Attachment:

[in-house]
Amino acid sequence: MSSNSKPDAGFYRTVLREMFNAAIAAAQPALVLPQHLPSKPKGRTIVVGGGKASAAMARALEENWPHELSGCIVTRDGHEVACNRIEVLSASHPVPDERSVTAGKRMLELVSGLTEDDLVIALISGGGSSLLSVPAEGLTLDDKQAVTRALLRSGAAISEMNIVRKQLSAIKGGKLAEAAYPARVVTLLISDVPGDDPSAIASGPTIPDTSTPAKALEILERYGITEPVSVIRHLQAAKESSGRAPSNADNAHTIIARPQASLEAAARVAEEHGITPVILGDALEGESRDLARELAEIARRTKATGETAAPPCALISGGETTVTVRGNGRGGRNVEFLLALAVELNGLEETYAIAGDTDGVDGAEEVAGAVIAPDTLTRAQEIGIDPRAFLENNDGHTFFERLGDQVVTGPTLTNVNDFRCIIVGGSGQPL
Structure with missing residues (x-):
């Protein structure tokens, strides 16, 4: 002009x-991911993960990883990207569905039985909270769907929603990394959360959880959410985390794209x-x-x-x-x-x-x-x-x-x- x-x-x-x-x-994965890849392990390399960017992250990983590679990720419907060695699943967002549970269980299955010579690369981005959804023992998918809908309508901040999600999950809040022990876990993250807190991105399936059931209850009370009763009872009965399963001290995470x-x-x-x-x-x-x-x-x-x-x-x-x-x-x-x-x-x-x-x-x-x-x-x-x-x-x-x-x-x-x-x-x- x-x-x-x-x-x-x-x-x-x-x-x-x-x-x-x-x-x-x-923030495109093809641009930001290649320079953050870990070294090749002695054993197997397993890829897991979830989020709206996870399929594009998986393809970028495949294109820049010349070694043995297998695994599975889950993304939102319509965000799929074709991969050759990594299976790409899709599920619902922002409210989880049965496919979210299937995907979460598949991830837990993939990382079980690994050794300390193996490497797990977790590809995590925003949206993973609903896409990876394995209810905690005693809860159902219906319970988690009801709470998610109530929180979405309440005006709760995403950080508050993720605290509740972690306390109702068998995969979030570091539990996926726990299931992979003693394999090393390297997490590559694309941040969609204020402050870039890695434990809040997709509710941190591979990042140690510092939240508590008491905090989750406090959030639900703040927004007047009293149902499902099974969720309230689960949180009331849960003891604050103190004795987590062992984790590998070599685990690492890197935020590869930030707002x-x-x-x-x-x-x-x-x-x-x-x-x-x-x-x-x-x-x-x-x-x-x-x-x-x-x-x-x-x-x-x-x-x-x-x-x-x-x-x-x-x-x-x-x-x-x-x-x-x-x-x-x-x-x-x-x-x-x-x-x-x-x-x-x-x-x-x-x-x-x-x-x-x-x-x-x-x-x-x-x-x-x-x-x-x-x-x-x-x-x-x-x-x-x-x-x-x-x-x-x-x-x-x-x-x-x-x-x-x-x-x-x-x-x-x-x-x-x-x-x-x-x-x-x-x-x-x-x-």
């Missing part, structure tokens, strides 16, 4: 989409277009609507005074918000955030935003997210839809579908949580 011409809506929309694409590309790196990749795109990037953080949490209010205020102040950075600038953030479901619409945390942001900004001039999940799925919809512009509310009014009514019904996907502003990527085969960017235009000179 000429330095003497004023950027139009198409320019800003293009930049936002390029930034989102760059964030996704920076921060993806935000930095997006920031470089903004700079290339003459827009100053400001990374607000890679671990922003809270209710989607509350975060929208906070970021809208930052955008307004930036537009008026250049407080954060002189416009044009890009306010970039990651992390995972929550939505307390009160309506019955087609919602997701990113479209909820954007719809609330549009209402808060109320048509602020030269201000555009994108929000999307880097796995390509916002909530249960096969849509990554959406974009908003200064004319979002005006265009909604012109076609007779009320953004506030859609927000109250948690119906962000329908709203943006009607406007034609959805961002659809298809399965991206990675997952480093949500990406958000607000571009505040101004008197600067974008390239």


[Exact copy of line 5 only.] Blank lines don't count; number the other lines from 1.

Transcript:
């Missing part, structure tokens, strides 16, 4: 989409277009609507005074918000955030935003997210839809579908949580 011409809506929309694409590309790196990749795109990037953080949490209010205020102040950075600038953030479901619409945390942001900004001039999940799925919809512009509310009014009514019904996907502003990527085969960017235009000179 000429330095003497004023950027139009198409320019800003293009930049936002390029930034989102760059964030996704920076921060993806935000930095997006920031470089903004700079290339003459827009100053400001990374607000890679671990922003809270209710989607509350975060929208906070970021809208930052955008307004930036537009008026250049407080954060002189416009044009890009306010970039990651992390995972929550939505307390009160309506019955087609919602997701990113479209909820954007719809609330549009209402808060109320048509602020030269201000555009994108929000999307880097796995390509916002909530249960096969849509990554959406974009908003200064004319979002005006265009909604012109076609007779009320953004506030859609927000109250948690119906962000329908709203943006009607406007034609959805961002659809298809399965991206990675997952480093949500990406958000607000571009505040101004008197600067974008390239």